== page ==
36. Schaefer S (2005) Hepatitis B virus: significance of genotypes. J Viral Hepat 12: 111–124 [PubMed]
37. Miyakawa Y, Mizokami M (2003) Classifying hepatitis B virus genotypes. Intervirology 46: 329–338 [PubMed]
38. Guettouche T, Hnatyszyn HJ (2005) Chronic hepatitis B and viral genotype: the clinical significance of determining HBV genotypes. Antivir Ther 10: 593–604 [PubMed]
39. Ganem D, Prince AM (2004) Mechanisms of disease: Hepatitis B virus infection - Natural history and clinical consequences. New England Journal of Medicine 350: 1118–1129 [PubMed]
40. Ni YH, Chang MH, Wang KJ, Hsu HY, Chen HL, et al. (2004) Clinical relevance of hepatitis B virus genotype in children with chronic infection and hepatocellular carcinoma. Gastroenterology 127: 1733–1738 [PubMed]
41. Yin J, Zhang H, Li C, Gao C, He Y, et al. (2008) Role of hepatitis B virus genotype mixture, subgenotypes C2 and B2 on hepatocellular carcinoma: compared with chronic hepatitis B and asymptomatic carrier state in the same area. Carcinogenesis 29: 1685–1691 [PubMed]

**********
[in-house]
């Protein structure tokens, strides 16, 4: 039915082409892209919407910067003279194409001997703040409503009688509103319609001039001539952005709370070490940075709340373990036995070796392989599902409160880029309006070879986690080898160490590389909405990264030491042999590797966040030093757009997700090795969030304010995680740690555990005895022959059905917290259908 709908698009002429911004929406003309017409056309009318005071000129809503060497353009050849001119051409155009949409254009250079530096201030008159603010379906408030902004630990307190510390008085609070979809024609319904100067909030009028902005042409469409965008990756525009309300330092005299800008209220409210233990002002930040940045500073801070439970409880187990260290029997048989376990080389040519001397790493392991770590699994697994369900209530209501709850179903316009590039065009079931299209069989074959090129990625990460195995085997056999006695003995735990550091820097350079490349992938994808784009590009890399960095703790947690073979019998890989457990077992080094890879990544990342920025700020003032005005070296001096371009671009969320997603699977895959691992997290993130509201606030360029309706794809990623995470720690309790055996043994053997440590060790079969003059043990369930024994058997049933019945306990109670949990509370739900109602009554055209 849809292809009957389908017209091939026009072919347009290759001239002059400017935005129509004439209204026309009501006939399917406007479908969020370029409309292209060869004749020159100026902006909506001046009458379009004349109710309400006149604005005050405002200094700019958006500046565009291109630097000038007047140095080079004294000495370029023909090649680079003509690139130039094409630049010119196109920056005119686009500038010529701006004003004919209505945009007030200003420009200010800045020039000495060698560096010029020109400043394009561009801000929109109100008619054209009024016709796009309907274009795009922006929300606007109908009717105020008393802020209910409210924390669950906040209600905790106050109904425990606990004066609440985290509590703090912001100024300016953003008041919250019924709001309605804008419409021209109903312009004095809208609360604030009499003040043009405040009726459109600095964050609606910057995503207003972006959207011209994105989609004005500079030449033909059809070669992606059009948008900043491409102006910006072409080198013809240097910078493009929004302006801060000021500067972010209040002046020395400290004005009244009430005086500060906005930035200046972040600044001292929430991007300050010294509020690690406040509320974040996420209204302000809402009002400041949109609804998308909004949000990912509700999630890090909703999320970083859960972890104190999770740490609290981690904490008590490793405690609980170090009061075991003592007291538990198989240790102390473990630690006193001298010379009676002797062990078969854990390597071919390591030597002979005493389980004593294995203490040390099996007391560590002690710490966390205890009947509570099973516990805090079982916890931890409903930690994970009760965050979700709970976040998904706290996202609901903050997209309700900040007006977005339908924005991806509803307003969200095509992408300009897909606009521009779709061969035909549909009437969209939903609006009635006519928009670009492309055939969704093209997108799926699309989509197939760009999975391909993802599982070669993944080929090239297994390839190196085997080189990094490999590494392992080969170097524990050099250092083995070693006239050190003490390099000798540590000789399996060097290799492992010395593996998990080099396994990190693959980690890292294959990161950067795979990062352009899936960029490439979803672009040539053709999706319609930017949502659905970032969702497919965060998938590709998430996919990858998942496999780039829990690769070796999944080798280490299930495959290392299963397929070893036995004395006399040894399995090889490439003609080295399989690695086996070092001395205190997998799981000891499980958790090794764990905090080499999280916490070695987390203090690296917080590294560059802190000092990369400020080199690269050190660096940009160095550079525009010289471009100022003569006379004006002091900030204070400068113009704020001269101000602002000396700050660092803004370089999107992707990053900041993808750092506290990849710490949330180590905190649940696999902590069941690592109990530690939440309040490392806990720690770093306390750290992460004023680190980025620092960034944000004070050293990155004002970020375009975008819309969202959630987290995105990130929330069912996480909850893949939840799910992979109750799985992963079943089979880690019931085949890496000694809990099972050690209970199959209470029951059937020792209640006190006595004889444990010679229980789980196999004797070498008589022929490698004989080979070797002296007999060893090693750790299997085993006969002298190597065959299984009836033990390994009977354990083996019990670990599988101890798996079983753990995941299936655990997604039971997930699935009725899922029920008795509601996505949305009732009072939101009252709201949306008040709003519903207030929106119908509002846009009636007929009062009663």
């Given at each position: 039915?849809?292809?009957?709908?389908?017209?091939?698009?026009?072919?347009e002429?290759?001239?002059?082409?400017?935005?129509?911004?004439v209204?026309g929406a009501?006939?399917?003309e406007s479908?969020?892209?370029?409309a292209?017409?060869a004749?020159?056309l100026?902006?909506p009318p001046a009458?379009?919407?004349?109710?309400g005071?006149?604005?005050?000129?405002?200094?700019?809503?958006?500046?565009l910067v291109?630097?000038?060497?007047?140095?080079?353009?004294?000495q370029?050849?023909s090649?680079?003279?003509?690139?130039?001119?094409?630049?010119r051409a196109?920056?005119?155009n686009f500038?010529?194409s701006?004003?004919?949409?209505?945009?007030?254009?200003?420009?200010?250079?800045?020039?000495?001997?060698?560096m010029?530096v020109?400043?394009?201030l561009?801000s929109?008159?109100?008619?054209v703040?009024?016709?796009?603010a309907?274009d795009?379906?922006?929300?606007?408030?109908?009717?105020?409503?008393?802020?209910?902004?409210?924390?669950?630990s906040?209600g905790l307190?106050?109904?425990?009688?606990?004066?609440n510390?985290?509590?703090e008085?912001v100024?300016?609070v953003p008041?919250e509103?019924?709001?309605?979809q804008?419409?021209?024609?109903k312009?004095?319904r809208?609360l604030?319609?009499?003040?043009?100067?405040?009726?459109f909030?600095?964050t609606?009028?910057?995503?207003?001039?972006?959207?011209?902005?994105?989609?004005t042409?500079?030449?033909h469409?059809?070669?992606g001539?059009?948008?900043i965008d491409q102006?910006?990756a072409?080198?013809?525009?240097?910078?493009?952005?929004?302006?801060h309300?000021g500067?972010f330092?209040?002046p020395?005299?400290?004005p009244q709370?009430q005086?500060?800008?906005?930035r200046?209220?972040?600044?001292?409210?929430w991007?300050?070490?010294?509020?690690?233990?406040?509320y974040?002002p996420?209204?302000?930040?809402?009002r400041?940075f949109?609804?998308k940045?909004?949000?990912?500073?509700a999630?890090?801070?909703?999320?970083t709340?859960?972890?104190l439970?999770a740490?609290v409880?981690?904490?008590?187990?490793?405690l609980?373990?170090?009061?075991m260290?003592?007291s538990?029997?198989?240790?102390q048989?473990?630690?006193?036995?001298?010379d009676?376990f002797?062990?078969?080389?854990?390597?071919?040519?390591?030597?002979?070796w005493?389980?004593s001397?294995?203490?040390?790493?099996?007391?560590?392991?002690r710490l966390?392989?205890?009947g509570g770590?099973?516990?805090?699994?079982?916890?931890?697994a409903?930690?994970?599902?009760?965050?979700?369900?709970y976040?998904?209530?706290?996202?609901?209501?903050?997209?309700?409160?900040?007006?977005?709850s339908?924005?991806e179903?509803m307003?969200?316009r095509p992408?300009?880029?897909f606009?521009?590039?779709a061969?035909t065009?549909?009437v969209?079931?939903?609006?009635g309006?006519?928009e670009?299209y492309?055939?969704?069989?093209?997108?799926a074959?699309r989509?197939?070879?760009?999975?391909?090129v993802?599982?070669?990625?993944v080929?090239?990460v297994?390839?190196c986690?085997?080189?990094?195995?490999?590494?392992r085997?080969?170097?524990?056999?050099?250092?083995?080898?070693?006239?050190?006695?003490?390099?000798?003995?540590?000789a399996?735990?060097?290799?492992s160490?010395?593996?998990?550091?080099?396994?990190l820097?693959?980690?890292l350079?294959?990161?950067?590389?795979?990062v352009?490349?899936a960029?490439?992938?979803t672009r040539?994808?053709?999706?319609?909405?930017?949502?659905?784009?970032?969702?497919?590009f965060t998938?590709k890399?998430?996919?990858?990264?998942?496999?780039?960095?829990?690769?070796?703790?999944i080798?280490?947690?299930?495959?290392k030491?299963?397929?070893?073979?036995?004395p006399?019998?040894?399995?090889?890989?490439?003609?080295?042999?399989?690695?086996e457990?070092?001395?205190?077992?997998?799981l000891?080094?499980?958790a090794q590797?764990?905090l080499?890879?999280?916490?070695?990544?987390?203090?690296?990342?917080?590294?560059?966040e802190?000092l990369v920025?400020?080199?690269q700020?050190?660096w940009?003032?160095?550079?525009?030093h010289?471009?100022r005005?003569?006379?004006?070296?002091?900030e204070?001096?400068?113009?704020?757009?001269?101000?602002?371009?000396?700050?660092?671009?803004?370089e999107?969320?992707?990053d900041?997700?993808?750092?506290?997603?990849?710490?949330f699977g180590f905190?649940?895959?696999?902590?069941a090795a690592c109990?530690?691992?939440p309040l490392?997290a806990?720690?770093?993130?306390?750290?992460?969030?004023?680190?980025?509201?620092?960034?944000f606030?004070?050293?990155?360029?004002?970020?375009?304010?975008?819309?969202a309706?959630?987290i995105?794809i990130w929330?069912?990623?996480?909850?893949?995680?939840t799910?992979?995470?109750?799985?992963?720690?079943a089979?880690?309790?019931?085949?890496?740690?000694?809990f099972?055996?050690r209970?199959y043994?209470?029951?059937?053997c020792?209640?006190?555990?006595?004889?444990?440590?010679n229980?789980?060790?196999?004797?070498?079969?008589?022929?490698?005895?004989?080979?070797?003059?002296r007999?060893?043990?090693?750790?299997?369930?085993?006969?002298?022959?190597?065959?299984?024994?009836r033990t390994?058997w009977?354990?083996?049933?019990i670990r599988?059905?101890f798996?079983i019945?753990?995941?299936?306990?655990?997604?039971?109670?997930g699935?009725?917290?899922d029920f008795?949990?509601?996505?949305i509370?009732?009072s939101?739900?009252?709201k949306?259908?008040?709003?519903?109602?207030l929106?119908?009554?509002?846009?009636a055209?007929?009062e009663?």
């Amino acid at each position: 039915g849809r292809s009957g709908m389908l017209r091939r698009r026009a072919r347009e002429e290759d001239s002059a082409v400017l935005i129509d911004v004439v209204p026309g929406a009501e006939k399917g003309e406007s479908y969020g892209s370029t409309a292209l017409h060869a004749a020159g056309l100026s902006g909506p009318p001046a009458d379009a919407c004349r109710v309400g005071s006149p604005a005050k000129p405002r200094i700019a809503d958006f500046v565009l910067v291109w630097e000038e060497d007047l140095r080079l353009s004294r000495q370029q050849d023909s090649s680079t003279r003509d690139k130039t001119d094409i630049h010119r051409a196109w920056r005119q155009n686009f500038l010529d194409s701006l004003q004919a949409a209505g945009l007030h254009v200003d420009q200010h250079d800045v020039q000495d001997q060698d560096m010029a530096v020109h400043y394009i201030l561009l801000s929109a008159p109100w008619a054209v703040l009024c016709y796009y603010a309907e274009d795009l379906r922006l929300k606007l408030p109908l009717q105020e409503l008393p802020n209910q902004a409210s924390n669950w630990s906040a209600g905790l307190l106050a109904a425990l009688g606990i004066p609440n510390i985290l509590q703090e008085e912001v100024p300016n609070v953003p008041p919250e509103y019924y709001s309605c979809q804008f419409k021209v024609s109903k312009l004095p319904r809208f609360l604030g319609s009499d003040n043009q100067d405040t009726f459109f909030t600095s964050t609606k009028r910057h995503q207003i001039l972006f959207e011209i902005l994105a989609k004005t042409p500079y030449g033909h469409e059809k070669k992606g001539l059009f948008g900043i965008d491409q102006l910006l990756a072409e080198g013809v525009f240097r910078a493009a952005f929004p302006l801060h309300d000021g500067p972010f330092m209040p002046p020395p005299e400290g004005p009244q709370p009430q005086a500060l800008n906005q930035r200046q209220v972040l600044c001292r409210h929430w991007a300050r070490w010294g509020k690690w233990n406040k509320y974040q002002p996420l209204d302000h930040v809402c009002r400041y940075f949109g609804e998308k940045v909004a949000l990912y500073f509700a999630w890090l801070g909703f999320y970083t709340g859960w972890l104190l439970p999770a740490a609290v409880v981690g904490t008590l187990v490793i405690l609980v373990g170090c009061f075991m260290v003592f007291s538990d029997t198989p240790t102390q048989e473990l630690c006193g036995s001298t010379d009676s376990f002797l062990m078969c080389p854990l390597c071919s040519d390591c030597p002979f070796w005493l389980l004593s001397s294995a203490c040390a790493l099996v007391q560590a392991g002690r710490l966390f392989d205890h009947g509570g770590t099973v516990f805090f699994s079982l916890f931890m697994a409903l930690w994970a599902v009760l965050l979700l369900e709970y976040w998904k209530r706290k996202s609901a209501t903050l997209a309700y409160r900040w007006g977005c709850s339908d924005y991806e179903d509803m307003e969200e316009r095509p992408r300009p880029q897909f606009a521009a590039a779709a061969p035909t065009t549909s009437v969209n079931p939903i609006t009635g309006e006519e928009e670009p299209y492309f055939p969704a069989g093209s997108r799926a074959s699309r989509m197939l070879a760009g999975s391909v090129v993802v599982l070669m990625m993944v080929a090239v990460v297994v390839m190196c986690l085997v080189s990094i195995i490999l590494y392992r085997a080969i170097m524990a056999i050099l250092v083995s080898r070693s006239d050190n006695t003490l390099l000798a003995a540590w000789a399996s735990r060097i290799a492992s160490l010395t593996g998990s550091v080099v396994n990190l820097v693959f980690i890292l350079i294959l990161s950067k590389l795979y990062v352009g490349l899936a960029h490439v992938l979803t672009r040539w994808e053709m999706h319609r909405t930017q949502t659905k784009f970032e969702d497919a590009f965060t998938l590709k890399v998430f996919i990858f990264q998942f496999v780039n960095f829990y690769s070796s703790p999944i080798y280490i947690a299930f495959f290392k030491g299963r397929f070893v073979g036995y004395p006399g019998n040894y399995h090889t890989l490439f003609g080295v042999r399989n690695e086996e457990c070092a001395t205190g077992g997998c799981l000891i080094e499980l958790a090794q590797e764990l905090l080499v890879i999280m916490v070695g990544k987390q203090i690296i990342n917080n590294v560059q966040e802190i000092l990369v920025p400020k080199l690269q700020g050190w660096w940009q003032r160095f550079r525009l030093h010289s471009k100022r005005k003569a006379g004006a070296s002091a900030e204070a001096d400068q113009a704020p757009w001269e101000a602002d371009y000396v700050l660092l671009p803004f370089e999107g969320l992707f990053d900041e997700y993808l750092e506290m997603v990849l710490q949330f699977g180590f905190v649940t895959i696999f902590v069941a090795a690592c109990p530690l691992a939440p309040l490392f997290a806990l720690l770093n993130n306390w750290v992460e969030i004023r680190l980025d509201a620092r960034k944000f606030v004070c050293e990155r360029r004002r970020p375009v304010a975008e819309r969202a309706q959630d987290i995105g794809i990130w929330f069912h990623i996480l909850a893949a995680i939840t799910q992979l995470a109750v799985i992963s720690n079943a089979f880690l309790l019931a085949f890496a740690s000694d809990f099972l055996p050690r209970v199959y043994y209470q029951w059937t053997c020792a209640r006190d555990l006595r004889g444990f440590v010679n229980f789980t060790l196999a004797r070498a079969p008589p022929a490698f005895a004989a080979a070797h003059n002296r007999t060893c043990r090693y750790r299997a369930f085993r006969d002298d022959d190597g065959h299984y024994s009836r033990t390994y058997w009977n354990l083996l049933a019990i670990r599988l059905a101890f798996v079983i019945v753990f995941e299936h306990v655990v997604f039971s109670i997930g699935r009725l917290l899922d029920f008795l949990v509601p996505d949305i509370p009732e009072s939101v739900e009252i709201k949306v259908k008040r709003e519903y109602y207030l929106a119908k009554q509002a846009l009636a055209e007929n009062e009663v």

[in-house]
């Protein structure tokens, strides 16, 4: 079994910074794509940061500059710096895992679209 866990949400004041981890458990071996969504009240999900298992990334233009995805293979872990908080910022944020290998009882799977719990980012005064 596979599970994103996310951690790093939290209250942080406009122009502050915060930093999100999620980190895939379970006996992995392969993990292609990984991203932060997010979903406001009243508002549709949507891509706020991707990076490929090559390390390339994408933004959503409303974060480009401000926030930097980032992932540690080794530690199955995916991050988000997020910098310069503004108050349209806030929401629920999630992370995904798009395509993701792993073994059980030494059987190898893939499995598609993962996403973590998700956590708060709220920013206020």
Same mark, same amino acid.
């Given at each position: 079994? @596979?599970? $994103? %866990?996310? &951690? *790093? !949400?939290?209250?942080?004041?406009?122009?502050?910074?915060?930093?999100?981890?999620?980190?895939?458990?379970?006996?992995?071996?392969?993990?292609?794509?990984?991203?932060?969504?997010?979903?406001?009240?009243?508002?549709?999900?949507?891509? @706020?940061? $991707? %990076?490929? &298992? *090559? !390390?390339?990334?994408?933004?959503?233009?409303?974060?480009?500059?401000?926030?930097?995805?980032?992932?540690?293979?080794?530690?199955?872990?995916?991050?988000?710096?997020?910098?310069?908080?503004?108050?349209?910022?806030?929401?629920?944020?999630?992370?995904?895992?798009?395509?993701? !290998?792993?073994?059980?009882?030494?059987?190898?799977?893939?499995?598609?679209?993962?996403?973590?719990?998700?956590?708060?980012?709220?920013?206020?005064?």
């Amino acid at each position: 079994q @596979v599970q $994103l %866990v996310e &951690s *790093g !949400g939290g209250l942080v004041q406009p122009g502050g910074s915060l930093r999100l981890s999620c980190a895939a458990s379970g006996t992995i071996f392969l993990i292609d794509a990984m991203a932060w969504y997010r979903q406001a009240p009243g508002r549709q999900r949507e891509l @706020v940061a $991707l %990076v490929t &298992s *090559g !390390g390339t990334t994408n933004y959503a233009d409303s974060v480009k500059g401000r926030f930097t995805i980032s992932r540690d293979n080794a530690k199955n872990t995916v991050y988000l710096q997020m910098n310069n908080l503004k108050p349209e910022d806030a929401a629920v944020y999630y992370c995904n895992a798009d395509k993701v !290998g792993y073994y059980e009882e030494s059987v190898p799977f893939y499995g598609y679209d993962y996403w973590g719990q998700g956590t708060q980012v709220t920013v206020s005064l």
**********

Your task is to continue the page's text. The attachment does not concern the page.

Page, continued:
42. Chan HL, Tse CH, Mo F, Koh J, Wong VW, et al. (2008) High viral load and hepatitis B virus subgenotype ce are associated with increased risk of hepatocellular carcinoma. J Clin Oncol 26: 177–182 [PubMed]
43. Zhou B, Xiao L, Wang Z, Chang ET, Chen J, et al. (2011) Geographical and ethnic distribution of the HBV C/D recombinant on the Qinghai-Tibet Plateau. PLoS One 6: e18708. [PMC free article] [PubMed]
44. Pourkarim MR, Amini-Bavil-Olyaee S, Verbeeck J, Lemey P, Zeller M, et al. (2010) Molecular evolutionary analysis and mutational pattern of full-length genomes of hepatitis B virus isolated from Belgian patients with different clinical manifestations. J Med Virol 82: 379–389 [PubMed]
45. Elkady A, Tanaka Y, Kurbanov F, Oynsuren T, Mizokami M (2008) Virological and clinical implication of core promoter C1752/V1753 and T1764/G1766 mutations in hepatitis B virus genotype D infection in Mongolia. J Gastroenterol Hepatol 23: 474–481 [PubMed]
46. Pourkarim MR, Amini-Bavil-Olyaee S, Lemey P, Maes P, Van Ranst M (2011) HBV subgenotype misclassification expands quasi-subgenotype A3. Clin Microbiol Infect 17: 947–949 [PubMed]
47. Shi WF, Zhu CD, Zheng W, Carr MJ, Higgins DG, et al. (2012) Subgenotype reclassification of genotype B hepatitis B virus. BMC Gastroenterol 12: 116. [PMC free article] [PubMed]
48. Thedja MD, Muljono DH, Nurainy N, Sukowati CH, Verhoef J, et al. (2011) Ethnogeographical structure of hepatitis B virus genotype distribution in Indonesia and discovery of a new subgenotype, B9. Arch Virol 156: 855–868 [PMC free article] [PubMed]

Articles from PLoS ONE are provided here courtesy of Public Library of Science
PubReader format: click here to try

Formats:

Related citations in PubMed

See reviews...See all...

Cited by other articles in PMC

See all...

Links

Recent Activity

Your browsing activity is empty.

Activity recording is turned off.

Turn recording back on

See more...